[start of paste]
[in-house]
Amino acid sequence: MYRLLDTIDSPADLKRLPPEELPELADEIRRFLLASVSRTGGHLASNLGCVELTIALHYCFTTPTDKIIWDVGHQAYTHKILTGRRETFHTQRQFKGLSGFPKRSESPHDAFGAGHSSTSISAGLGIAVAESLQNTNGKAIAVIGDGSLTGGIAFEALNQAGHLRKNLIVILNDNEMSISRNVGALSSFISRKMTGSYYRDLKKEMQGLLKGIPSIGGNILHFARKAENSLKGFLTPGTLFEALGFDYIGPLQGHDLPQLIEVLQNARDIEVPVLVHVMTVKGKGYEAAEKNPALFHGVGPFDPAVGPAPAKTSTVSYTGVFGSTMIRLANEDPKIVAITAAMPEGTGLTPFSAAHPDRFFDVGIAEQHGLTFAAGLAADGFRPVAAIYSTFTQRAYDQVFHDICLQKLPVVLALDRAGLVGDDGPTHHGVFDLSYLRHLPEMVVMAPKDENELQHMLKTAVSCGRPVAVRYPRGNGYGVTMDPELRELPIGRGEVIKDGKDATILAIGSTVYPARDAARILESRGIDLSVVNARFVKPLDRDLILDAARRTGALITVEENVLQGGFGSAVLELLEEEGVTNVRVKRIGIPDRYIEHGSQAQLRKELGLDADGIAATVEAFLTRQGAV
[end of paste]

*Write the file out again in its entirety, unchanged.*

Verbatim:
[in-house]
Amino acid sequence: MYRLLDTIDSPADLKRLPPEELPELADEIRRFLLASVSRTGGHLASNLGCVELTIALHYCFTTPTDKIIWDVGHQAYTHKILTGRRETFHTQRQFKGLSGFPKRSESPHDAFGAGHSSTSISAGLGIAVAESLQNTNGKAIAVIGDGSLTGGIAFEALNQAGHLRKNLIVILNDNEMSISRNVGALSSFISRKMTGSYYRDLKKEMQGLLKGIPSIGGNILHFARKAENSLKGFLTPGTLFEALGFDYIGPLQGHDLPQLIEVLQNARDIEVPVLVHVMTVKGKGYEAAEKNPALFHGVGPFDPAVGPAPAKTSTVSYTGVFGSTMIRLANEDPKIVAITAAMPEGTGLTPFSAAHPDRFFDVGIAEQHGLTFAAGLAADGFRPVAAIYSTFTQRAYDQVFHDICLQKLPVVLALDRAGLVGDDGPTHHGVFDLSYLRHLPEMVVMAPKDENELQHMLKTAVSCGRPVAVRYPRGNGYGVTMDPELRELPIGRGEVIKDGKDATILAIGSTVYPARDAARILESRGIDLSVVNARFVKPLDRDLILDAARRTGALITVEENVLQGGFGSAVLELLEEEGVTNVRVKRIGIPDRYIEHGSQAQLRKELGLDADGIAATVEAFLTRQGAV